The 2.4-meter-long skull of a 155-million-year-old pliosaur has been unveiled by David Attenborough at the UK’s Dorset County Museum.
Pliosaurs were top predators—marine reptiles with paddle-like limbs and long snouts lined with teeth. They swam the oceans during the Jurassic and Cretaceous Periods, preying upon fish and other marine reptiles.
"We are now told this skull is 95 percent complete, and probably one of the largest and certainly one of the most well-preserved and complete pliosaurs ever found anywhere in the world,” said Richard Edmonds from Dorset County Council, according to BBC News.
It was found in a cliff over several years by Kevan Sheehan, a local collector, who kept going back and retrieving more pieces.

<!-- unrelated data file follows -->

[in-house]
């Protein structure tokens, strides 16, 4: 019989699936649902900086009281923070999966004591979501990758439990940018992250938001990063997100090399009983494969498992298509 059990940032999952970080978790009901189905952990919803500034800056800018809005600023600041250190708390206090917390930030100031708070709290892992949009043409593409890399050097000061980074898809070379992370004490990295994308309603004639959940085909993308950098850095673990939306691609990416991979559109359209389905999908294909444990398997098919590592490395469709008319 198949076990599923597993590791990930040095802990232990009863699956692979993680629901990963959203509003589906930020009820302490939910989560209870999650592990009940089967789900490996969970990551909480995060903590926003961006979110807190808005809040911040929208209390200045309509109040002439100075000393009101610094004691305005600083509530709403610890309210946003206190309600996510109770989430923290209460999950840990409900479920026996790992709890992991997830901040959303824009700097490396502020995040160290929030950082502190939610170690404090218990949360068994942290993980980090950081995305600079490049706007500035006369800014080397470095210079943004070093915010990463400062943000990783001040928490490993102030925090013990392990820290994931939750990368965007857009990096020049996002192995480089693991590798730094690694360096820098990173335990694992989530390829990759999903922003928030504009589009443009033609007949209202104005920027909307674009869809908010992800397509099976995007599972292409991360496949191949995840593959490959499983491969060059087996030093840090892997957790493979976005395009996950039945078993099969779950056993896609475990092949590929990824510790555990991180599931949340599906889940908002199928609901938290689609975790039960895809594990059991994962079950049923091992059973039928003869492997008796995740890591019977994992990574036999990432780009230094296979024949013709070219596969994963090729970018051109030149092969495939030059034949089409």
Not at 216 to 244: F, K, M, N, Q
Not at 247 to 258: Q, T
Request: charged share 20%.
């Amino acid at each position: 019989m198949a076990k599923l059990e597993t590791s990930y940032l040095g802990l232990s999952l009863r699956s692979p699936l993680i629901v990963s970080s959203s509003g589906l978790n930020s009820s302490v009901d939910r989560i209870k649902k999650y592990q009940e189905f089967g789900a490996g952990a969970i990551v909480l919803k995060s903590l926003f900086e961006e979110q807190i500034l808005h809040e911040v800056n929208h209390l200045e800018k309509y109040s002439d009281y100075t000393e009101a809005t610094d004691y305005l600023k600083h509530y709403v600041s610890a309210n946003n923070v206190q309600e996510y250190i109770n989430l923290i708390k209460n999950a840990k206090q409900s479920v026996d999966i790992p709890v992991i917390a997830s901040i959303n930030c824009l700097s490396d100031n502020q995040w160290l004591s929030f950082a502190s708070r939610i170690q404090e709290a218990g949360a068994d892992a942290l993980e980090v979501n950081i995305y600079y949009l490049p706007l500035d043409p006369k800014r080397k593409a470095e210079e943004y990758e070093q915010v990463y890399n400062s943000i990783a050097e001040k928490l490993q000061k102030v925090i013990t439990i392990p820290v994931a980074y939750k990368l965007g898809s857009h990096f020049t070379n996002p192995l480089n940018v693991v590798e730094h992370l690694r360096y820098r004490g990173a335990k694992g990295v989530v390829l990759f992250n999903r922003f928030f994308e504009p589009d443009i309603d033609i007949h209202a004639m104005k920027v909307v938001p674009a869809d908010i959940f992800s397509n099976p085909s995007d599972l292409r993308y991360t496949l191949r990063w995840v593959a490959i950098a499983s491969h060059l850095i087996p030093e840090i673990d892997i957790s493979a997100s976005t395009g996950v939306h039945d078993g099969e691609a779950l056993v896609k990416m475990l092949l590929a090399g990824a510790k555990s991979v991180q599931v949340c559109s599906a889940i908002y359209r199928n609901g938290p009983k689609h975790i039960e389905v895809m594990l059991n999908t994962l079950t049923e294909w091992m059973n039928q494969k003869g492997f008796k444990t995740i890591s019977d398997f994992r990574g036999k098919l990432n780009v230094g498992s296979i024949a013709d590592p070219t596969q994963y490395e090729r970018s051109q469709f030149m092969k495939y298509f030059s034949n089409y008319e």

"It was sheer luck—I was sitting on the beach, and saw three pieces,” Sheehan told the BBC. “I had no idea what they were, but I proceeded to drag them back."
Experts estimate that the beast could have measured up to 18 meters long from snout to tail tip, based on the size of its skull.
The enormous eye sockets sit on top of the head for binocular vision, and the powerful jaws and sharp teeth would have delivered a fatal bite.
"This is an iconic specimen—one of the most exciting we have seen in years,” said palaeontologist Richard Forrest, according to the BBC.
"It was probably the most fearsome predator that ever lived,” he added. “Just thinking about it raises the hairs on the back of your neck."